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Activating The Henry Ford Archive of Innovation

Reading Recommendations on Racing and Beyond

March 15, 2022 Archive Insight

In each new issue of The Henry Ford Magazine, our staff recommend books and other media that have recently caught their attention. In the January–May 2020 issue, we celebrated the upcoming opening of our Driven to Win: Racing in America exhibit with a featured recommendation from Curator of Transportation Matt Anderson, as well as racing-related resources from our collections and library. In addition, staff recommended titles on precision engineering, the 1936 U.S. Olympics rowing team, and communicating in the Internet age.

American Auto Racing: The Milestones and Personalities of a Century of Speed by J.A. Martin and Thomas F. Saal

Black book cover with images of race cars and text

You can read American Auto Racing from cover to cover, but the handbook-like format makes it more rewarding when taken a chapter or two at a time. The book’s many topics are split into 87 short chapters, each generally two or three pages long. All of the key races, faces, and places are here, from the first Vanderbilt Cup competition in 1904 and Harry Miller’s design dominance at the Indianapolis 500 in the 1920s to breaking the sound barrier at Bonneville in 1997.

This is not the sort of book that’ll quickly tell you who won NASCAR’s Cup Series championship in 1988, but if you want a concise overview of Bill Elliott’s career and his impact on stock car racing, it’s inside. In other words, American Auto Racing is a perfect primer for those wanting to study up before or after a visit to our permanent exhibition Driven to Win: Racing in America.

--Matt Anderson, Curator of Transportation

The Perfectionists: How Precision Engineers Created the Modern World by Simon Winchester

Blue and white book cover with text, line drawing of gears, and image of space

Occasionally, when holding some object or other, I find myself musing about its creation, about design decisions, and whether it was manufactured by hand or machine. The Perfectionists takes this mentality a step further, probing the realm of precision—the exactness with which something is measured—and how precision engineering and manufacturing have changed the world. Simon Winchester’s beautifully written account covers the advent of precision all the way to today’s ultra-precise electronics, divided into chapters based on the ever-exacting and now near-infinitesimal tolerances demanded. His thought-provoking questions about the nature and necessity of precision, and of the balance between precision and craft, will add another layer to my contemplation of, and admiration for, the materials that surround all of us.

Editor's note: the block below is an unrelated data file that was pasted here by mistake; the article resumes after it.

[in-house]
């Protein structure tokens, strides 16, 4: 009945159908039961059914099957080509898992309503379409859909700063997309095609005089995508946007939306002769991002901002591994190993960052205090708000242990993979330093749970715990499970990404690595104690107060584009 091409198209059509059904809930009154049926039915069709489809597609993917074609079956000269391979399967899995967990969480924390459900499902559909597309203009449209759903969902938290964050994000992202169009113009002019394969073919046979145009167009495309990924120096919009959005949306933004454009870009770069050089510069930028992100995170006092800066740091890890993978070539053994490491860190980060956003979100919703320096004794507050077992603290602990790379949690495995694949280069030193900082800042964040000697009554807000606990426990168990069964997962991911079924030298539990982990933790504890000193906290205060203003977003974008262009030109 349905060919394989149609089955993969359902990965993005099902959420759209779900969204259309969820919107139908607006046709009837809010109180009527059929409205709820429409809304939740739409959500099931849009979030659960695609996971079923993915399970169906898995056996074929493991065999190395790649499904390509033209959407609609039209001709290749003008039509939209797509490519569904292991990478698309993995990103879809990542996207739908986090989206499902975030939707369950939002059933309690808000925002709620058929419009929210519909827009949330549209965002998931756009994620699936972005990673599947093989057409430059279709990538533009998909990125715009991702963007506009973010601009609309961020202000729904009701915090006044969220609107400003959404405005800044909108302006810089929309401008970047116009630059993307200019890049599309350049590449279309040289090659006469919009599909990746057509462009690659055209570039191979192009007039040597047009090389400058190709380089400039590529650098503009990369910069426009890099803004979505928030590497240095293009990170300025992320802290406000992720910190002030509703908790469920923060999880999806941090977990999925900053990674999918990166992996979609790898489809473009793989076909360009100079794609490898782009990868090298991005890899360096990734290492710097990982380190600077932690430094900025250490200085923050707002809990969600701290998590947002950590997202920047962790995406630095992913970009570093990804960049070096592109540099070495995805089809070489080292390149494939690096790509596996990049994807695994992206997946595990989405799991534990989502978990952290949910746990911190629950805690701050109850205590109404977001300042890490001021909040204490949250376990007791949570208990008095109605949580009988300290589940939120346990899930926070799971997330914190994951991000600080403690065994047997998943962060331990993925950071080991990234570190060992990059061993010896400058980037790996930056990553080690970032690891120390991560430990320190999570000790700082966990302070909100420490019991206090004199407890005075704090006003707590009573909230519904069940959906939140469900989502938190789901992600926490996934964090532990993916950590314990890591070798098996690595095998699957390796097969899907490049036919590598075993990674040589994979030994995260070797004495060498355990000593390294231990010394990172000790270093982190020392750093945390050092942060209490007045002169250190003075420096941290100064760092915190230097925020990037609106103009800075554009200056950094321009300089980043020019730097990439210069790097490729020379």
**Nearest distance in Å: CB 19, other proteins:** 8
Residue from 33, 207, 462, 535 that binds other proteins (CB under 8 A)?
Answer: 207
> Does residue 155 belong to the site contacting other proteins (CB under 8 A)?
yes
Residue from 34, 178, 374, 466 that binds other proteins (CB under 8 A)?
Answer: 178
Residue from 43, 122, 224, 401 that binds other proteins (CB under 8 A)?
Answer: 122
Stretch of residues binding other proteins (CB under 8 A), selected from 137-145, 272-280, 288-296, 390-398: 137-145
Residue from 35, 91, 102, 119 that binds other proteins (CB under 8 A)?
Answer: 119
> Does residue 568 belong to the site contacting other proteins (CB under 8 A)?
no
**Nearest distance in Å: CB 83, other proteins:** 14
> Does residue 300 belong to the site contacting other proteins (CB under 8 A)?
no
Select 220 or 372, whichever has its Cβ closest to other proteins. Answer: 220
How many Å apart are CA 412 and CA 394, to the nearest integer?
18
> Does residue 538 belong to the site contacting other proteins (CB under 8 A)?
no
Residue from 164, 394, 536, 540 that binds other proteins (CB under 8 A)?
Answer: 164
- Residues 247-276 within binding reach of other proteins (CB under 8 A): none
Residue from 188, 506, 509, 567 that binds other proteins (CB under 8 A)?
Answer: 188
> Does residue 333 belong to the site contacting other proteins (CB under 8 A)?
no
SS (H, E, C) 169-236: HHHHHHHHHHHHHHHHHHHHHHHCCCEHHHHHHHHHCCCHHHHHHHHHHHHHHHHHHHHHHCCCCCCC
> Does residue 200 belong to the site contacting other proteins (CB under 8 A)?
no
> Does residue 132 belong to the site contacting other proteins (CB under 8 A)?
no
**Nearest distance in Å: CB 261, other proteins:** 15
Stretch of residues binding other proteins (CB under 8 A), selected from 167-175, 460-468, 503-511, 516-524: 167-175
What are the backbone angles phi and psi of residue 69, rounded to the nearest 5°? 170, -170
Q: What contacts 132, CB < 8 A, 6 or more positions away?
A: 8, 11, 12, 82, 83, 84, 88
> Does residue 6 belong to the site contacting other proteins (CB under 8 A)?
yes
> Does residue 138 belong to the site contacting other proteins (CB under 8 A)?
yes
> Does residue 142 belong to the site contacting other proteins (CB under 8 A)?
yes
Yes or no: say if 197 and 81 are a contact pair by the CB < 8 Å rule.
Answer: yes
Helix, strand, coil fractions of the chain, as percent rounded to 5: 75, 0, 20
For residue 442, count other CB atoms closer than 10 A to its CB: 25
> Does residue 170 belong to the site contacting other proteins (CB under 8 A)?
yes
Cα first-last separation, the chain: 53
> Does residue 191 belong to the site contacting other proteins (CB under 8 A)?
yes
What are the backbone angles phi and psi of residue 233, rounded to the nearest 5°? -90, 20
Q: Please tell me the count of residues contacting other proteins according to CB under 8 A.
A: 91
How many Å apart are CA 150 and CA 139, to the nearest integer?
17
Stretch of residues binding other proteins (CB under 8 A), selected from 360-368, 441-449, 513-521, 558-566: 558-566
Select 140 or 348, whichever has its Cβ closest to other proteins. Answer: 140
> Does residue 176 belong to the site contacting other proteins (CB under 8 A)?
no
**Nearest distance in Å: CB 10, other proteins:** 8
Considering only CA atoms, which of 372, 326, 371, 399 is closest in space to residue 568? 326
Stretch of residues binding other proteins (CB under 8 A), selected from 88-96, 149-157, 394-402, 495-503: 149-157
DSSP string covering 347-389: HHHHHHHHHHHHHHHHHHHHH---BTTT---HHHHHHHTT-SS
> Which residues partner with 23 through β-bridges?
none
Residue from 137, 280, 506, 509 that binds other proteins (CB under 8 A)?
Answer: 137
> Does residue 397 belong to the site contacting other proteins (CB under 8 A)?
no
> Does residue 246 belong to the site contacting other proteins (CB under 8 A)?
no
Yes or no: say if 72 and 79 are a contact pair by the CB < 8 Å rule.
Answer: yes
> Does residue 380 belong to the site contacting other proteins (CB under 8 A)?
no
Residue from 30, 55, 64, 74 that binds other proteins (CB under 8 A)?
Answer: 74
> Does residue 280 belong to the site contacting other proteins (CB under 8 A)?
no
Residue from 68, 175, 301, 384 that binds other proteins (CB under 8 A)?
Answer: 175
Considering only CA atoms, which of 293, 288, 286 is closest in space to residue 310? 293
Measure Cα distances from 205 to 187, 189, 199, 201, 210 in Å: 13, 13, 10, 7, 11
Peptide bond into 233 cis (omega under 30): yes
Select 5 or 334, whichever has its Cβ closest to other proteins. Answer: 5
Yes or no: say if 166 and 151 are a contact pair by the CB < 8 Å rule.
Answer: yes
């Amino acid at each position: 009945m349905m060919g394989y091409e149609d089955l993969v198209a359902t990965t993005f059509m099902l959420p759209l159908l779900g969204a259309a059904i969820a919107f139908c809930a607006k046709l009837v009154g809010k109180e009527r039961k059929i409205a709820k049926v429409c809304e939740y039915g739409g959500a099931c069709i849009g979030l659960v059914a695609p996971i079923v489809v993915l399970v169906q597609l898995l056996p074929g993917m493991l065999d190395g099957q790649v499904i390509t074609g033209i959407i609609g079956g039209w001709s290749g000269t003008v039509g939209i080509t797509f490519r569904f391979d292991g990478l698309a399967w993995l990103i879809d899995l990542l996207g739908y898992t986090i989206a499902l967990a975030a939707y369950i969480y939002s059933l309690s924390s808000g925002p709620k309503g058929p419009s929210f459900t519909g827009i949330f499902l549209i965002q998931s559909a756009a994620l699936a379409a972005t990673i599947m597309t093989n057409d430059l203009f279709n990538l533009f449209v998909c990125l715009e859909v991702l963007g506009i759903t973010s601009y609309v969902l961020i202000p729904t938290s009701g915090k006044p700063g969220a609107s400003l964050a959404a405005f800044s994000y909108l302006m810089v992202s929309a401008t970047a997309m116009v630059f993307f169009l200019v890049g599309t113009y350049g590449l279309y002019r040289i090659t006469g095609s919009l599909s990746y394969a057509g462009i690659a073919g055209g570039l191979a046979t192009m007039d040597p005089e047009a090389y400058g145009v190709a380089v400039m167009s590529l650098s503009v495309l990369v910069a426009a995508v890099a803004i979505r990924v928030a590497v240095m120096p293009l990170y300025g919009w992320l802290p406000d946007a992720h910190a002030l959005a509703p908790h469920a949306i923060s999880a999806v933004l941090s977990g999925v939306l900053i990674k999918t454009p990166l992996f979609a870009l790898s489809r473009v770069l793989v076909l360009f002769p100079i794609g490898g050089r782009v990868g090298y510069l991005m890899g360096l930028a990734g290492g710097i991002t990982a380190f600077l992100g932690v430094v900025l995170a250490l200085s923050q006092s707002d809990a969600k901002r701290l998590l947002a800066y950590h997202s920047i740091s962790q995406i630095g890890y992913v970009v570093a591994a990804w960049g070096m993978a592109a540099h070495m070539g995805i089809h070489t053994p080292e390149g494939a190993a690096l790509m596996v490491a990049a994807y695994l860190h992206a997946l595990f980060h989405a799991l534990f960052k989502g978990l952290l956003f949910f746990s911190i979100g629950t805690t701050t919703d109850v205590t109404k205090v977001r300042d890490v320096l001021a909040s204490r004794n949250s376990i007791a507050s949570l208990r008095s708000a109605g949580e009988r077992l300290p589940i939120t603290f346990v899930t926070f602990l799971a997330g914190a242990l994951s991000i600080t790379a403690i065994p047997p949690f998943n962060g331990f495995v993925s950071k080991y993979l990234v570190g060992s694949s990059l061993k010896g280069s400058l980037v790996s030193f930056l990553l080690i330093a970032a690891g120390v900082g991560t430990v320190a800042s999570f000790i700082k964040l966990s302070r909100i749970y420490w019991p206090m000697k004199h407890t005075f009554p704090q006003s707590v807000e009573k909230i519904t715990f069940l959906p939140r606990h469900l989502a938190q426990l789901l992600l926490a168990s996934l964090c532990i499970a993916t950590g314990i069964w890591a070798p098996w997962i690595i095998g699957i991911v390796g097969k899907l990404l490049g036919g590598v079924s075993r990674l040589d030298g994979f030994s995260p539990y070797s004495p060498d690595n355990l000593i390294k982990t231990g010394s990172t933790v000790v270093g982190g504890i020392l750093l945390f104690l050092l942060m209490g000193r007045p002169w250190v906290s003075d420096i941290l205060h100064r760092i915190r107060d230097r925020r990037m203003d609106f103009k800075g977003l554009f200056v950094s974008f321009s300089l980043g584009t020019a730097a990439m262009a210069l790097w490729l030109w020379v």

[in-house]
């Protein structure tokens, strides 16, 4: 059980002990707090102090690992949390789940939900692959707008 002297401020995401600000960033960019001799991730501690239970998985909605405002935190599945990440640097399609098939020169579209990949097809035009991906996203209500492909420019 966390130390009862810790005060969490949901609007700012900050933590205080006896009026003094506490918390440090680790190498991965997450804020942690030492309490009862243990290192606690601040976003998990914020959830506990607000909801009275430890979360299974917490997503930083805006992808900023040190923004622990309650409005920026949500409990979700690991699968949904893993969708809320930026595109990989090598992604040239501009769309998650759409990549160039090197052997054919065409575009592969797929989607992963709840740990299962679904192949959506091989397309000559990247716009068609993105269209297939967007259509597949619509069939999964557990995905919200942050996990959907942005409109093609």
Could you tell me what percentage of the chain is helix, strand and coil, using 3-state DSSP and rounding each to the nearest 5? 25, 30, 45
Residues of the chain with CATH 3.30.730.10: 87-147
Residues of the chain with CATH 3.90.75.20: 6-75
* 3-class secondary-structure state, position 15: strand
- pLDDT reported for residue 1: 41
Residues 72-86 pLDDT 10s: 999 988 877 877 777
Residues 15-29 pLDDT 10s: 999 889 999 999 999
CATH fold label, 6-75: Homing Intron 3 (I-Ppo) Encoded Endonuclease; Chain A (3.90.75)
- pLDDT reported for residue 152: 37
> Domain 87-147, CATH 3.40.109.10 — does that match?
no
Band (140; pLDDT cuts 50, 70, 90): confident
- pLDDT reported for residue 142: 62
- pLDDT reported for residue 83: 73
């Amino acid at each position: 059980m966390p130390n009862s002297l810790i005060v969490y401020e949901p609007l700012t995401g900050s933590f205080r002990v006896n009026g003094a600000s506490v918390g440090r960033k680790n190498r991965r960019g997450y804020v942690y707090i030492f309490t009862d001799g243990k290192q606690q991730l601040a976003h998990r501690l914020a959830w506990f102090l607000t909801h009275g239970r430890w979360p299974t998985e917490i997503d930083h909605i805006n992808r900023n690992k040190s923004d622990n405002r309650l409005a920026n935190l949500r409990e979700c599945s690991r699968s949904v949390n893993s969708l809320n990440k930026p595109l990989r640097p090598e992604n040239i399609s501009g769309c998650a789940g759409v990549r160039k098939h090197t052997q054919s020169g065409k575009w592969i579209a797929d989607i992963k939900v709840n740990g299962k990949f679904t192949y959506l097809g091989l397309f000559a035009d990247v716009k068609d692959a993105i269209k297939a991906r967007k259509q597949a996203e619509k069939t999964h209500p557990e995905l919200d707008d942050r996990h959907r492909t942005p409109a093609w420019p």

--Louise Stewart Beck, former Senior Conservator

The Boys in the Boat: Nine Americans and Their Epic Quest for Gold at the 1936 Berlin Olympics by Daniel James Brown

In The Boys in the Boat, author Daniel James Brown interweaves multiple stories of passion and drive. Rower Joe Rantz overcame tremendous personal obstacles on his way to becoming an integral member of the University of Washington rowing team. That group of young men struggled to gain respect in their sport, ultimately beating the elite U.S. teams on both coasts on their way to the 1936 national title. And at the Berlin Olympics that year, the team faced the powerhouse German crew in the finals and, digging deep, found a way to succeed when everything was against them.

--Janice Unger, Processing Archivist

Because Internet: Understanding the New Rules of Language by Gretchen McCulloch

Yellow book cover with text, some highlighted

Congratulations! If you’re reading this, you are participating in humanity’s biggest experiment: language. And if you’ve ever accessed the internet, typed an email, or sent a text message, you have contributed to the massive evolution language has undergone in the digital age. In Because Internet, author and linguist Gretchen McCulloch expertly dissects the complex nuances and development of our modern electronic communications. From GIFs and emoticons (or “emotion icons”) to the abbreviation “LOL” (“laugh out loud”), her book is part history, part linguistics, and part realization that the informal language of our digital spaces is an expressive landscape that is neither single nor finite.

--Ryan Jelso, Associate Curator, Digital Content

More Reading about Racing

Black-and-white two-page book layout with four images of long, sleek race cars, with and without people standing next to them
Plate of illustrations from The Fastest Men in the World—On Wheels. / THF126226

The Benson Ford Research Center at The Henry Ford can put you on the right track if you’re interested in learning more about auto racing in America. For assistance with access, contact the Research Center.

Auto Racing: Magazine of the World’s Greatest Sport
Auto Racing Digest

The Complete Book of Auto Racing by Lyle Kenyon Engel
The New York Times Complete Guide to Auto Racing by John S. Radosta
Auto Racing Yearbook by Eugene Jaderquist
The Fastest Men in the World—On Wheels by Deke Houlgate
Where They Raced, Lap 2: Auto Racing Venues in Southern California, 1900–2000 by Harold L. Osmer
Dirt Track Auto Racing, 1919–1941: A Pictorial History by Don Radbruch
Famous Auto Racing Thrills by George Sullivan

Archival Collections
Dave Friedman Collection, 1946–2009: Materials covering 60 years of automobile racing
Phil Harms Collection, 1896–2003: Collection documenting the history of open-wheel automobile racing in the United States

This post was adapted from an article first published in the January–May 2020 issue of The Henry Ford Magazine.

racing, The Henry Ford Magazine, books

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